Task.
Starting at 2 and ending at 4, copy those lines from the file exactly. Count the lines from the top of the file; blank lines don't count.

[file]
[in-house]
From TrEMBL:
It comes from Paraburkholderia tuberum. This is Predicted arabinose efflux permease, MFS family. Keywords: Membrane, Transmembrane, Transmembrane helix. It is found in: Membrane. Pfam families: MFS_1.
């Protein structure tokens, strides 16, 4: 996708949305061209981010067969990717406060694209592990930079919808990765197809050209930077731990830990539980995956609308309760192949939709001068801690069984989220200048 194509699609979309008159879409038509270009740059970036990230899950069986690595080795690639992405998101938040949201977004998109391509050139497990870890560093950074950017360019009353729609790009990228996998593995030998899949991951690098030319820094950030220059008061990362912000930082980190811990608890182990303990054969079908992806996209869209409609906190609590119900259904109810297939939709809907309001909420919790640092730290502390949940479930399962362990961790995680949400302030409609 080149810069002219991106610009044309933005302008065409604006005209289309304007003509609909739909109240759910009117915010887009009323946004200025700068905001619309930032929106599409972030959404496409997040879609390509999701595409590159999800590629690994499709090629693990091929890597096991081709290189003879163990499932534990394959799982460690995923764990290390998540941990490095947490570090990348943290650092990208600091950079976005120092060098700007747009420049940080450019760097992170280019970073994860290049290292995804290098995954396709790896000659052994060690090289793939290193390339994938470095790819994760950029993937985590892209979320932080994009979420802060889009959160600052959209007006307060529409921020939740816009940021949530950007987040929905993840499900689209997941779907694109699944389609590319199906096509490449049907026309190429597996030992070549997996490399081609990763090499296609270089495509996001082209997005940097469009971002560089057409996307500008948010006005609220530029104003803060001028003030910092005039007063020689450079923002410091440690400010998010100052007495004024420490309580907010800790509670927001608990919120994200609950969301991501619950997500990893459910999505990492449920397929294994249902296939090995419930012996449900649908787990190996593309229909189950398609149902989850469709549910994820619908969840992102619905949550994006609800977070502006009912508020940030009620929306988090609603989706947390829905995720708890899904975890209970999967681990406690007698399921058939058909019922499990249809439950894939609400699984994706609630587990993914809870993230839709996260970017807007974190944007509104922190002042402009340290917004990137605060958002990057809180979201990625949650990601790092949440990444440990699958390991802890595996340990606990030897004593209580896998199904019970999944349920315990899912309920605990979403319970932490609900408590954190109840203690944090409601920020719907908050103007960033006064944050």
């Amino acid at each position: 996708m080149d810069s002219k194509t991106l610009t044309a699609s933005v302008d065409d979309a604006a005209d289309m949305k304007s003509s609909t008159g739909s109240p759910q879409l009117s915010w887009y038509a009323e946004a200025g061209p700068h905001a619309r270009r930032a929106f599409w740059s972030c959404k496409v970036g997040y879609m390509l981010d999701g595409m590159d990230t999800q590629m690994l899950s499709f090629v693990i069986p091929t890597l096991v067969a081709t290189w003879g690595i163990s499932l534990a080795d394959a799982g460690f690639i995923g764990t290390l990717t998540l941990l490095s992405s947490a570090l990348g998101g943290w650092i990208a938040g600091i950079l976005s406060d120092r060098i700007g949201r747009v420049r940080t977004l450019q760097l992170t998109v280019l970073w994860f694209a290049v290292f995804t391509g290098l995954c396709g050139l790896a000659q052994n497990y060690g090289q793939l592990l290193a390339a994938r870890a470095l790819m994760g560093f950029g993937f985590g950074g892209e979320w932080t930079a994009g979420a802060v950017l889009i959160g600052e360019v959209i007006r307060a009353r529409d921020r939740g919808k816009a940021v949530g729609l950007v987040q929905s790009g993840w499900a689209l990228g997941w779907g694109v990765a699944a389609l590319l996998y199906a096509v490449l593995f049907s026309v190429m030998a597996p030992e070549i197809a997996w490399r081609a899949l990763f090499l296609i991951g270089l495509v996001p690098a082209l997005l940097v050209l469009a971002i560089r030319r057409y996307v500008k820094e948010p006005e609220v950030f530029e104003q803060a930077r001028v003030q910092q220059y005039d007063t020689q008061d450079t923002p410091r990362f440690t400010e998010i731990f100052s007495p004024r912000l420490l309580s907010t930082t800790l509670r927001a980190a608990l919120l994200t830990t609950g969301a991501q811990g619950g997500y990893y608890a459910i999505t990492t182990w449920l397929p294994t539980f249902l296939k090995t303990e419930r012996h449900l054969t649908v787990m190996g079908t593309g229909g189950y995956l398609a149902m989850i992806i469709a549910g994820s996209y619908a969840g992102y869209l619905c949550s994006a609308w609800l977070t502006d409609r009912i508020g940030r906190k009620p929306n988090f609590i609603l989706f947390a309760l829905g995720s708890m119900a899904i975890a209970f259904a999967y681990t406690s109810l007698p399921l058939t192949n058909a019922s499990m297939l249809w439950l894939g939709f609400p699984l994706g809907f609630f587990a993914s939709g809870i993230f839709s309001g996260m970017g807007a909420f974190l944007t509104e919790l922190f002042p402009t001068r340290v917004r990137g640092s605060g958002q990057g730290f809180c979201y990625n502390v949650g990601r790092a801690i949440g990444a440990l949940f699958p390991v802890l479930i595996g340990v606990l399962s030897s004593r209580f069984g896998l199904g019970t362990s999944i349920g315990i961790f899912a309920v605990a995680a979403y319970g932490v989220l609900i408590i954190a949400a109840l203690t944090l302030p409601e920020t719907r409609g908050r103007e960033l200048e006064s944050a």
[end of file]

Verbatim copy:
From TrEMBL:
It comes from Paraburkholderia tuberum. This is Predicted arabinose efflux permease, MFS family. Keywords: Membrane, Transmembrane, Transmembrane helix. It is found in: Membrane. Pfam families: MFS_1.
């Protein structure tokens, strides 16, 4: 996708949305061209981010067969990717406060694209592990930079919808990765197809050209930077731990830990539980995956609308309760192949939709001068801690069984989220200048 194509699609979309008159879409038509270009740059970036990230899950069986690595080795690639992405998101938040949201977004998109391509050139497990870890560093950074950017360019009353729609790009990228996998593995030998899949991951690098030319820094950030220059008061990362912000930082980190811990608890182990303990054969079908992806996209869209409609906190609590119900259904109810297939939709809907309001909420919790640092730290502390949940479930399962362990961790995680949400302030409609 080149810069002219991106610009044309933005302008065409604006005209289309304007003509609909739909109240759910009117915010887009009323946004200025700068905001619309930032929106599409972030959404496409997040879609390509999701595409590159999800590629690994499709090629693990091929890597096991081709290189003879163990499932534990394959799982460690995923764990290390998540941990490095947490570090990348943290650092990208600091950079976005120092060098700007747009420049940080450019760097992170280019970073994860290049290292995804290098995954396709790896000659052994060690090289793939290193390339994938470095790819994760950029993937985590892209979320932080994009979420802060889009959160600052959209007006307060529409921020939740816009940021949530950007987040929905993840499900689209997941779907694109699944389609590319199906096509490449049907026309190429597996030992070549997996490399081609990763090499296609270089495509996001082209997005940097469009971002560089057409996307500008948010006005609220530029104003803060001028003030910092005039007063020689450079923002410091440690400010998010100052007495004024420490309580907010800790509670927001608990919120994200609950969301991501619950997500990893459910999505990492449920397929294994249902296939090995419930012996449900649908787990190996593309229909189950398609149902989850469709549910994820619908969840992102619905949550994006609800977070502006009912508020940030009620929306988090609603989706947390829905995720708890899904975890209970999967681990406690007698399921058939058909019922499990249809439950894939609400699984994706609630587990993914809870993230839709996260970017807007974190944007509104922190002042402009340290917004990137605060958002990057809180979201990625949650990601790092949440990444440990699958390991802890595996340990606990030897004593209580896998199904019970999944349920315990899912309920605990979403319970932490609900408590954190109840203690944090409601920020719907908050103007960033006064944050």